A joint agreement between the Amherst County Board of Supervisors, the county’s economic development authority and the Amherst Fire Department in buying a new fire truck is set to yield about $34,000 in savings through a prepayment arrangement.
Supervisors approved the plan during their Sept. 17 meeting after County Attorney Michael Lockaby spoke on the legalities of the payment method. The county has allocated $620,000 in its current fiscal year budget to finance the majority of the cost of the new engine while the Amherst department is picking up the difference of $47,378, according to the agreement.
The EDA’s involvement allowed for the plan to move forward and generate a cost savings, according to Lockaby.
The nearly $34,000 discount is equivalent to the better part of an employee’s annual salary or a contribution to budget line items such as a raise or a new position, he said.
“That’s a fair chunk of change,” Lockaby said to supervisors. “So we wanted to go the extra mile and do something innovative to make this possible.”
Lockaby said Amherst Fire Department Chief Tom Martin brought the plan up early enough for the county to move on it and realize some savings.
“This is innovative for us,” County Administrator Dean Rodgers said. “He [Martin] was the one who muscled us through our fears of finding a way to make this happen.”
Martin thanked the county and said the department could not provide services at its current level without its support. He said the new engine is expected to take nearly a year to get into the department’s fleet and it will replace a 1989 model engine.
The department responded to a structure fire in the county when the 1989 engine broke down and a broken radiator cost about $10,000 to replace, Martin told supervisors. Martin, who who is running unopposed for the District 1 seat on the board of supervisors in the Nov. 5 election, said the trucks must be ready to go when the siren sounds and securing the new engine meets a great need.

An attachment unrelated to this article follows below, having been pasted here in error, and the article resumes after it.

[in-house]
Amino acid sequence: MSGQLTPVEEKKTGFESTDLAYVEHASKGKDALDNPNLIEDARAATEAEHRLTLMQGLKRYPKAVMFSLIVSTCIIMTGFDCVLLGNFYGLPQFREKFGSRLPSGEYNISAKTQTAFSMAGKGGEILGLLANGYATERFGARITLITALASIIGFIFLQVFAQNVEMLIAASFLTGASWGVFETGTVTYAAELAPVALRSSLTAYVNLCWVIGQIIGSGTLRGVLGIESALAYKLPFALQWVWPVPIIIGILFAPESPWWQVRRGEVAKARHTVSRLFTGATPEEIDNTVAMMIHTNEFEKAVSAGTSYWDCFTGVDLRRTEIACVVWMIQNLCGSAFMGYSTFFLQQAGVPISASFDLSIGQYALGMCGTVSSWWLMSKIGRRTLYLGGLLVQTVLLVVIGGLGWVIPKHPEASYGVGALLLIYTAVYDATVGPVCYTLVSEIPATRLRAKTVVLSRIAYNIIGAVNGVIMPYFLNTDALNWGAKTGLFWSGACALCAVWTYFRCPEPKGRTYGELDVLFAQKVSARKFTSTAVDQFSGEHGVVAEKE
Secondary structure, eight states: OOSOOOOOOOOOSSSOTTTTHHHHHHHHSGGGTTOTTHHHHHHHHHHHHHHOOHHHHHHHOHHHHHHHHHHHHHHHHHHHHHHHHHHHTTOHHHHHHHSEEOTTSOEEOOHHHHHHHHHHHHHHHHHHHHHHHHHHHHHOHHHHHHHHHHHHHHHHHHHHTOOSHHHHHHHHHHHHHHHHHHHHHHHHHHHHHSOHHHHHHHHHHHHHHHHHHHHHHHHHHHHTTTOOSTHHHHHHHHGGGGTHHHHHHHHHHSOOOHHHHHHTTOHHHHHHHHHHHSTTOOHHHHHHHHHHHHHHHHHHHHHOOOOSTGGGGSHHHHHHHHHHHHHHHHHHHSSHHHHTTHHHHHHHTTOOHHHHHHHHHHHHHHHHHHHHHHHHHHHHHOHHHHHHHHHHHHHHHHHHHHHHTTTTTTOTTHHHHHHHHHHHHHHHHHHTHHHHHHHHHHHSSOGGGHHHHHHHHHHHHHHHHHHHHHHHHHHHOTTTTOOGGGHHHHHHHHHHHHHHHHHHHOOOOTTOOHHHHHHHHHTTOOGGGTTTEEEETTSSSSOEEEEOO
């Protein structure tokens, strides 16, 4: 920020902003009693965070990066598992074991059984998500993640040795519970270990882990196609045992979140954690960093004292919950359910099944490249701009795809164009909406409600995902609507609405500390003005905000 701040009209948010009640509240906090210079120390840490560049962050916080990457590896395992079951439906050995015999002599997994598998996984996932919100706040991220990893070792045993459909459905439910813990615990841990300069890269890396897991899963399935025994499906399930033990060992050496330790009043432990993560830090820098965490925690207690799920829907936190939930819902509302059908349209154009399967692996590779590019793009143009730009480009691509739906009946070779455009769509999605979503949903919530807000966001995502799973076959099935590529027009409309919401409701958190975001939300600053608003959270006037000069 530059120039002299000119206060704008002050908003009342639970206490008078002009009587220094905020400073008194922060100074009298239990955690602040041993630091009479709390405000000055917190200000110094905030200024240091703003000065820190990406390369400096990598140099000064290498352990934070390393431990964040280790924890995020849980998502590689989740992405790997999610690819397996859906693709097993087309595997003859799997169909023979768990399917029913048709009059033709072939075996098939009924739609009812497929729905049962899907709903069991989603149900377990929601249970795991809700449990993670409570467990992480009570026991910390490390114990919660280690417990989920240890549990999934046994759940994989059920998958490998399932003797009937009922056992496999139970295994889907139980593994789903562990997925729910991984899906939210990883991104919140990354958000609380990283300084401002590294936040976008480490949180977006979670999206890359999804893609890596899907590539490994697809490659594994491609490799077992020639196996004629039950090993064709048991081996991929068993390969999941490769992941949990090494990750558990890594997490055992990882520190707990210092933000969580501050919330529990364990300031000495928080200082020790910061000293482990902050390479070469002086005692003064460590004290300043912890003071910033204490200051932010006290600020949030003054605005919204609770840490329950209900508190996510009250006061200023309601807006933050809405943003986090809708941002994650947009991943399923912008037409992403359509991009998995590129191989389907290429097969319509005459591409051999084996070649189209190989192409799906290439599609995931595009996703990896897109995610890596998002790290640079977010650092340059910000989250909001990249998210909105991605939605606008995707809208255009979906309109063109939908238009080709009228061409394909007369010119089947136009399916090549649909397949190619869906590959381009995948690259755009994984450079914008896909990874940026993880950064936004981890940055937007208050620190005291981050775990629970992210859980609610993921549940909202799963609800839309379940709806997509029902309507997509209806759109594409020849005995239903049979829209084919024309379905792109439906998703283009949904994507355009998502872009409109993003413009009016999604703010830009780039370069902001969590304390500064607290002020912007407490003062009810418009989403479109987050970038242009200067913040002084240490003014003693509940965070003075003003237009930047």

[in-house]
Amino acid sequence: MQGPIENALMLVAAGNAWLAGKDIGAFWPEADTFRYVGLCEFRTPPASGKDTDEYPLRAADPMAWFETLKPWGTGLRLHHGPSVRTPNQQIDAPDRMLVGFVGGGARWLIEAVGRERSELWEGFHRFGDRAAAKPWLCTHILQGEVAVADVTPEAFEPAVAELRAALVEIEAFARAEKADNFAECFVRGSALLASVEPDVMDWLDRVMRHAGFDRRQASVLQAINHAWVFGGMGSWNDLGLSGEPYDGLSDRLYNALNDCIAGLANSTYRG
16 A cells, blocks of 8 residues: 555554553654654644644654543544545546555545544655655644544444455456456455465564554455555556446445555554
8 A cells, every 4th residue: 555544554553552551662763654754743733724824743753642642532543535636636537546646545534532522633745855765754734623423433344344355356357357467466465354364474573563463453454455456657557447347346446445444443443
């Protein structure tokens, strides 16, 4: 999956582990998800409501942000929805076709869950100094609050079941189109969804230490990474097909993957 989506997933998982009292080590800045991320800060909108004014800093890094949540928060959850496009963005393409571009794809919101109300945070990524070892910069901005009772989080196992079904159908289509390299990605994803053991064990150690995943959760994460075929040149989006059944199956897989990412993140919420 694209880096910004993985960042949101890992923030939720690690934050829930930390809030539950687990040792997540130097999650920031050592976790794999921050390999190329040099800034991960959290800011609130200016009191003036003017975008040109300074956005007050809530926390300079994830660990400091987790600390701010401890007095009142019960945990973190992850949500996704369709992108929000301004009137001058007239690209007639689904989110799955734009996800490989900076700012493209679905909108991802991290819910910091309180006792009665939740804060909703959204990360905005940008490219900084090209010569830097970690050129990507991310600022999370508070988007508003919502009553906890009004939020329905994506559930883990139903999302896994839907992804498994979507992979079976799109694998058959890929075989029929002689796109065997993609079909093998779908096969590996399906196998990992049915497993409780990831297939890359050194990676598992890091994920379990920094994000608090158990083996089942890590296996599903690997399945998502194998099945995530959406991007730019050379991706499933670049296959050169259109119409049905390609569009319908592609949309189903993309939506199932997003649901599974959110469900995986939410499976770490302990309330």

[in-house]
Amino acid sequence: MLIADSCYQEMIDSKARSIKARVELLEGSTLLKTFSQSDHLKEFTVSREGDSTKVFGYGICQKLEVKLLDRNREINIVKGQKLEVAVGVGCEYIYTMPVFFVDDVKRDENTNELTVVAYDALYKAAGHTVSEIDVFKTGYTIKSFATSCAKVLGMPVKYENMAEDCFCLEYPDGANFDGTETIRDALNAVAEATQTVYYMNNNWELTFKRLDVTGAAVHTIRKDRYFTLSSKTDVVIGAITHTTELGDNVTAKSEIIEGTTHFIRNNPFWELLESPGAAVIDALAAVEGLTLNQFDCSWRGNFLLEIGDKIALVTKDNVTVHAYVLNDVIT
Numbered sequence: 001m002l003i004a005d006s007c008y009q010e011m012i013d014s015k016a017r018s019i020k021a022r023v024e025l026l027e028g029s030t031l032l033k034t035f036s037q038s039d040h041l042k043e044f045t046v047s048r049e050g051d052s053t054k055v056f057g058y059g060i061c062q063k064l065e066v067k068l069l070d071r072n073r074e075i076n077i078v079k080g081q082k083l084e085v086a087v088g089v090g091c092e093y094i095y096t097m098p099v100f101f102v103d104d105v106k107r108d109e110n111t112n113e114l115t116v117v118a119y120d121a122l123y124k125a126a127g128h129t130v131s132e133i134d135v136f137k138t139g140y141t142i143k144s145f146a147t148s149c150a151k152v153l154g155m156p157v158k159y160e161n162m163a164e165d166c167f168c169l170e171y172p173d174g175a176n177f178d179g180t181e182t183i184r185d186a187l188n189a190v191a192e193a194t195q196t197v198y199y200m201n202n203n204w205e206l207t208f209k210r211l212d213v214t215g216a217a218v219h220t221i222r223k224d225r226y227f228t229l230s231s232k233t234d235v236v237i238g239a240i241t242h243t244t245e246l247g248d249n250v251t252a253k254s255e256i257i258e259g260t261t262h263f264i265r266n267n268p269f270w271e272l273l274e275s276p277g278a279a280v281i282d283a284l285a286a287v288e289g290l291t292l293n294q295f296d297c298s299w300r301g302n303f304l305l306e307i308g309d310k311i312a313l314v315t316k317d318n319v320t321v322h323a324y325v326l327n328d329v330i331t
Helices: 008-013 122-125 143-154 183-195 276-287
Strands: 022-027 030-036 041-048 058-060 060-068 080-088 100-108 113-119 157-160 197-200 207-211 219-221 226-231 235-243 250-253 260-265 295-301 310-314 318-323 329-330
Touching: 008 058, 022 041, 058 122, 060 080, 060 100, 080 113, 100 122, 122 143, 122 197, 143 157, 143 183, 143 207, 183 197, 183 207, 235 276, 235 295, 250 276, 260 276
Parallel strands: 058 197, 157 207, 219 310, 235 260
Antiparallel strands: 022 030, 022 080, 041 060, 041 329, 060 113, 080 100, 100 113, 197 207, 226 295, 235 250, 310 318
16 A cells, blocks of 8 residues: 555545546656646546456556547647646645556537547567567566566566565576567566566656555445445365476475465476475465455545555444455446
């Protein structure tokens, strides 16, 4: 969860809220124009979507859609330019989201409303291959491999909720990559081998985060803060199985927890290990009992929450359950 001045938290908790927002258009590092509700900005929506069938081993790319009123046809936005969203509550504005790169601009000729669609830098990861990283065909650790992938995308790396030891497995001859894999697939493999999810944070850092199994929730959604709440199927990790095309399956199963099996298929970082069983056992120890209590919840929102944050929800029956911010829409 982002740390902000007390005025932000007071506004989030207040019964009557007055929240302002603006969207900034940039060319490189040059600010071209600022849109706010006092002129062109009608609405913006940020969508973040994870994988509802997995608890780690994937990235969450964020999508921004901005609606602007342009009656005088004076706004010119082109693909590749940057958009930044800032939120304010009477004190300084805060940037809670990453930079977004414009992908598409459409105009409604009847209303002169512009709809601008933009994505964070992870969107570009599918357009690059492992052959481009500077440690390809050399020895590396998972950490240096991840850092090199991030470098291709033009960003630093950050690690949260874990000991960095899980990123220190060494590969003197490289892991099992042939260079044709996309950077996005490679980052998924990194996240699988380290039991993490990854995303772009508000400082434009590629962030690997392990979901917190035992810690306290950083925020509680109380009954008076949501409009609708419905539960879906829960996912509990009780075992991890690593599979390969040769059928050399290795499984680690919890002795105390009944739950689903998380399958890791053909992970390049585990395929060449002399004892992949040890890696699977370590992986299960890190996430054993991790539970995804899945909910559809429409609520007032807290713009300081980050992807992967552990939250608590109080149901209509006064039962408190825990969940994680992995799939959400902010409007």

“There were a lot of people who came together to make this happen,” Martin said.
The department will sell the older truck and look to get as much as it can, he said.
Supervisor Claudia Tucker said the savings is a lot of money for the county the size of Amherst.
In other news:
- The board voted to recommend the Amherst Circuit Court appoint Richard Wydner, Kenneth Althouse and Kelvin Brown as regular members of the Amherst County Board of Equalization and Monte Jennings as an alternate as the county is undergoing a countywide property reassessment. The equalization board will review appeals from property owners.
- Supervisors recommended the Amherst Circuit Court appoint Leslie Gamble, an at-large member of the Amherst County Planning Commission, to a vacant seat on the Amherst County Board of Zoning Appeals. Clarence Monday, who recently served on the BZA and is a former county administrator, resigned due to moving out of the county. Rodgers said the county’s attorney found there is no conflict of interest for Gamble to serve on both bodies. “She will do extremely well in that position,” Tucker said of the board’s recommendation of Gamble.
- A resolution proclaiming Sept. 17-23 as Constitution Week was read as part of celebrating 232 years since the historic document was formed. “I’m proud to live in a county where we celebrate Constitution Week,” Tucker said. “We celebrate it our hearts, we celebrate it visibly, we celebrate it in our schools.”